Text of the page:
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In this guest blog written for Maternal Mental Health month, Dr Louise Dalton and Dr Elizabeth Rapa from the Department of Psychiatry at Oxford University share their insights into why it’s important for mums to look after their wellbeing.

Being a mum is a privilege and a joy. But it can also come with an ongoing anxiety about whether you’re getting it right, whether you’re a good enough mum and if you’re the only one who feels the way you do.

The responsibilities and practical demands of being a parent can often feel like a rollercoaster of highs and lows. But for some, feeling low, anxious or completely overwhelmed can become more persistent and intense, making it feel almost impossible to cope with day-to-day activities and tasks. The Royal College of Obstetrics and Gynaecology report that up to 1 in 5 women develop mental health problems during pregnancy or in the first year after childbirth. Unfortunately there is also a poor understanding about the different types of mental health conditions mothers can experience, as well as a sense of shame and fear about what seeking help will mean for them and their family.

Pregnancy and parenting have been even harder during the pandemic. Expectant mums have had to face antenatal scans alone, while coping with ongoing uncertainty about who will be able to support them during the birth of their baby.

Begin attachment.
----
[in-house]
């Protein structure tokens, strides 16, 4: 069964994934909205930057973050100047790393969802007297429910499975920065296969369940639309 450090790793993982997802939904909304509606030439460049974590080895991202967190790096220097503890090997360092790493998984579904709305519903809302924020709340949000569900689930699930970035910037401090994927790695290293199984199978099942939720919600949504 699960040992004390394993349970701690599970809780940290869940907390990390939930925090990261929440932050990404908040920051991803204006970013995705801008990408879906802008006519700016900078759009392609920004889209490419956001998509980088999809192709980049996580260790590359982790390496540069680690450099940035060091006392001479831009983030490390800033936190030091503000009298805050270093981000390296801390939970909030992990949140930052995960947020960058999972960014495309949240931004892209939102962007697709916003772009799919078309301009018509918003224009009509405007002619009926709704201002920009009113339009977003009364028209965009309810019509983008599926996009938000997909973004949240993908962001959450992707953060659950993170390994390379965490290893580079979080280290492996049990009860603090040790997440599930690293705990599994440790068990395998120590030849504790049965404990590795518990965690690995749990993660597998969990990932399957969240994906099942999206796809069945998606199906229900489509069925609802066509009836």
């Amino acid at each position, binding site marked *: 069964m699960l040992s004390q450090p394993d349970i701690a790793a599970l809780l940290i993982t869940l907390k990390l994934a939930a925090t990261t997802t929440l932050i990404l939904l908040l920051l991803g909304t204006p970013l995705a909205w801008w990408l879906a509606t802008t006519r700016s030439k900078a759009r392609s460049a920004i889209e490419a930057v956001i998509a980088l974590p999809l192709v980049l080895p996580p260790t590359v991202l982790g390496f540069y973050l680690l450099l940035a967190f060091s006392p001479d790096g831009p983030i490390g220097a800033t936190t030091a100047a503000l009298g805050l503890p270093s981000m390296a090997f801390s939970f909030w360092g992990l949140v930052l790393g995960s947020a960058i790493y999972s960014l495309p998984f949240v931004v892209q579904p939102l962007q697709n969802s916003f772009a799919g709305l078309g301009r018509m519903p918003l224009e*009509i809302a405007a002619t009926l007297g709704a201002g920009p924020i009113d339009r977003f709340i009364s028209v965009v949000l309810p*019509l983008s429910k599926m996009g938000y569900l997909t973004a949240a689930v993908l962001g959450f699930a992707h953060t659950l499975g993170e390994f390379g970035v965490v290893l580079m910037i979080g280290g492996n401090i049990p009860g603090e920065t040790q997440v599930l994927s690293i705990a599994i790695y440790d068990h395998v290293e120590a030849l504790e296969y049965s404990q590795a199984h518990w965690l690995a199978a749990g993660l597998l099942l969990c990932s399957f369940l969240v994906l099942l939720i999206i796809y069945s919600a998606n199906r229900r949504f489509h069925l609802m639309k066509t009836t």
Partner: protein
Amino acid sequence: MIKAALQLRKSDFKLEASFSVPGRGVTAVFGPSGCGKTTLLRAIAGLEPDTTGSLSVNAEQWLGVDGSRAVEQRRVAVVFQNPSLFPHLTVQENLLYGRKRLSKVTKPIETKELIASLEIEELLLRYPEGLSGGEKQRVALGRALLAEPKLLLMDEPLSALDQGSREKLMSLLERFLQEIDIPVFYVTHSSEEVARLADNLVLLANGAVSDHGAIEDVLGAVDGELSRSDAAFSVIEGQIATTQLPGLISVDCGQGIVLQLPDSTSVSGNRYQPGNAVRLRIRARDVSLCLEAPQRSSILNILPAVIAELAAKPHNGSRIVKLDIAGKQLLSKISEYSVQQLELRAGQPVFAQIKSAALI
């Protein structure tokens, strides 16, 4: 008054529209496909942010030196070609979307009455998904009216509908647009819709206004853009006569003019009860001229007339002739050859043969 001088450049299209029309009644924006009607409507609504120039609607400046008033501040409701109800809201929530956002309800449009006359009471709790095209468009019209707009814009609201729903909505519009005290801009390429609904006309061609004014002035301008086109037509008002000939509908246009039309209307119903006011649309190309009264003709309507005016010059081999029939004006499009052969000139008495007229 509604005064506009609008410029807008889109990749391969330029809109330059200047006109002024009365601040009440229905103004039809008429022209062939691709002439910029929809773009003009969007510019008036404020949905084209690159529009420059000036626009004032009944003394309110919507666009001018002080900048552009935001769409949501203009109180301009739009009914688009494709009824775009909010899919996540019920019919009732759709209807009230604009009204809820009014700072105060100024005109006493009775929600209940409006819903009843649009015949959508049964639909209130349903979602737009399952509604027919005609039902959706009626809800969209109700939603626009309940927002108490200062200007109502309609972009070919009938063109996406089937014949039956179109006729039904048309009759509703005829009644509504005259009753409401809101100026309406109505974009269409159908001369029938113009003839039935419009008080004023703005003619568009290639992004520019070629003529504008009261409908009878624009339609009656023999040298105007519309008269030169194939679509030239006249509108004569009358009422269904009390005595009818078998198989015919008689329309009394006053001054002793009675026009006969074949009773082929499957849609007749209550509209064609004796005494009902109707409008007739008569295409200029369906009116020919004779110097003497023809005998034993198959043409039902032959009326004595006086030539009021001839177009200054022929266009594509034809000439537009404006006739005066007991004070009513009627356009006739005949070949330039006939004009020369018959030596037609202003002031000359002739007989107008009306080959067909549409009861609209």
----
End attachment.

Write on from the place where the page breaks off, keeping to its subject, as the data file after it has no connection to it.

Social distancing rules have made it difficult to celebrate the arrival of a new member of the family with friends and family. This has also meant that new parents have not had the same level of practical and emotional support they may want and need.

For parents of older children, it has been hard work to keep children busy and entertained when so many activities or opportunities for new experiences have been closed and informal childcare networks disrupted. This has been especially difficult when mothers have been expected to work from home at the same time as taking on home schooling responsibilities. Research shows that women have most frequently shouldered the burden of the pandemic in terms of juggling childcare and work responsibilities. For many families these stresses have been exacerbated by worries about money or losing a job, which can add pressure on relationships and increase the risk of anxiety and depression.

The challenges of parenting during the pandemic are reflected in the high levels of parents who have reported being concerned about their own mental health. The recent Royal Foundation report found that over two thirds of parents described feeling lonely and isolated, and most felt worried about being judged by other people about their parenting or child’s behaviour. This can make it harder for mothers to ask for help and support, especially if they are worried about their mental health.

We need to work together to speak up and tackle the stigma around talking about mental health difficulties, so that every mum can feel able to get the help she needs.